If numbering from each end of the parent chain gives the same set of locants, the next criterion stipulates that lowest locants are assigned to the substituent that is cited first as a prefix in the name.
On this matter, the current version of Nomenclature of Organic Chemistry – IUPAC Recommendations and Preferred Names 2013 (Blue Book) reads as follows:
When several structural features appear in cyclic and acyclic compounds, low locants are assigned to them in the following decreasing order of seniority:
(f) detachable alphabetized prefixes, all considered together in a series of increasing numerical order;
(g) lowest locants for the substituent cited first as a prefix in the name;
Note that Rule f takes precedence over Rule g. If no decision can be attained by application of P-14.4(f), the lowest set of locants is selected according to P-14.4(g) in their order of their citation in the name.
This means in effect that alphanumerical order is used to establish the numbering when a choice is possible since alphanumerical order is used to establish the order of citation of substituent prefixes in the name.
P-14.5 ALPHANUMERICAL ORDER
Alphanumerical order has been commonly called ‘alphabetical order’. As these ordering principles do involve ordering both letters and numbers, in a strict sense, it is best called ‘alphanumerical order’ in order to convey the message that both letters and numbers are involved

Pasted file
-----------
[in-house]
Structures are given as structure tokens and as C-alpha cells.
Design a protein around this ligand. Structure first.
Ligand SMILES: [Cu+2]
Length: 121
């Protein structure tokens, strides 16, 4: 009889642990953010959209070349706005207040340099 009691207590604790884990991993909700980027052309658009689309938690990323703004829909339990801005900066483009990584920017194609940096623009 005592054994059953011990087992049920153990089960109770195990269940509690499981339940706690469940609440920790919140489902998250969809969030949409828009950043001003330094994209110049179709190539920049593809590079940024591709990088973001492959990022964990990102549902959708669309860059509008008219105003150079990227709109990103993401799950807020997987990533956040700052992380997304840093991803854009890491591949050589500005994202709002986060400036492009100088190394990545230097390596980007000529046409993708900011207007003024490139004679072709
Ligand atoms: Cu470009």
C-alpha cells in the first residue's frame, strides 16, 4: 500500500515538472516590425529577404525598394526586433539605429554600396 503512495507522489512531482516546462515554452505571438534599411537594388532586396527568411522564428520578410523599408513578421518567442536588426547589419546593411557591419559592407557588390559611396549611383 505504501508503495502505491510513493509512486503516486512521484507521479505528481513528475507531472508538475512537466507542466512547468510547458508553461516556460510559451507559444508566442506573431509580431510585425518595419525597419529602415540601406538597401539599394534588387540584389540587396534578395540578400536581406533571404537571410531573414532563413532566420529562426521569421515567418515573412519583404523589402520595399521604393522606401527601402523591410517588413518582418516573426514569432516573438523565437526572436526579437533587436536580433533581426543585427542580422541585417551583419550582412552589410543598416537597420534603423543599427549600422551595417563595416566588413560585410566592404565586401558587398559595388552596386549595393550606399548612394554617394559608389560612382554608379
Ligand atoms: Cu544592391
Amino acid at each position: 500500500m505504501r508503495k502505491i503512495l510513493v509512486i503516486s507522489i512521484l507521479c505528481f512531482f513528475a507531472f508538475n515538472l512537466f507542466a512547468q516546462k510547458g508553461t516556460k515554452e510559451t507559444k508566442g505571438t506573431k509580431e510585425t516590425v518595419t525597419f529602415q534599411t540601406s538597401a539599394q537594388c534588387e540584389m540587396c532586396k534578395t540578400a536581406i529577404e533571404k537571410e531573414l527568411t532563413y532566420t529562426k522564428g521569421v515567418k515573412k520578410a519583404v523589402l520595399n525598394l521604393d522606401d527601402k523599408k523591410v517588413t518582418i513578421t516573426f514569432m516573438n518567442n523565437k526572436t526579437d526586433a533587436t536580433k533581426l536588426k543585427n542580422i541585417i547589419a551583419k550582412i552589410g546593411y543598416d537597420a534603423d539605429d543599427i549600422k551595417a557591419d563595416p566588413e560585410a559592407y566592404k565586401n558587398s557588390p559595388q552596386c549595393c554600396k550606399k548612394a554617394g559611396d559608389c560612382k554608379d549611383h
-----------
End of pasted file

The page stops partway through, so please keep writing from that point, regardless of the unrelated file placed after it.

Alphanumerical order is used to establish the order of citation of detachable substituent prefixes (not the detachable saturation prefixes, hydro and dehydro), and the numbering of a chain, ring, or ring system when a choice is possible.
P-14.5.1 Simple prefixes (i.e., those describing atoms and unsubstituted substituents) are arranged alphabetically; multiplicative prefixes, if necessary, are then inserted and do not alter the alphabetical order already established.
For example ‘dibromo’ comes before ‘chloro’ since ‘bromo’ begins with ‘b’, ‘chloro’ begins with ‘c’, and the multiplicative prefix ‘di’ does not change the alphabetical order.
However, the example given in the question does not include simple prefixes but the compound substituents ‘1,1-dichloroethyl’ and ‘2-bromo-1-chloroethyl’. Such compound names are considered to begin with the first letter of their complete name.
P-14.5.2 The name of a prefix for a substituent is considered to begin with the first letter of its complete name.
Therefore, the correct name for the compound given in the question is 4-(2-bromo-1-chloroethyl)-5-(1,1-dichloroethyl)octane since ‘2-bromo-1-chloroethyl’ starts with ‘b’ and ‘1,1-dichloroethyl’ starts with ‘d’.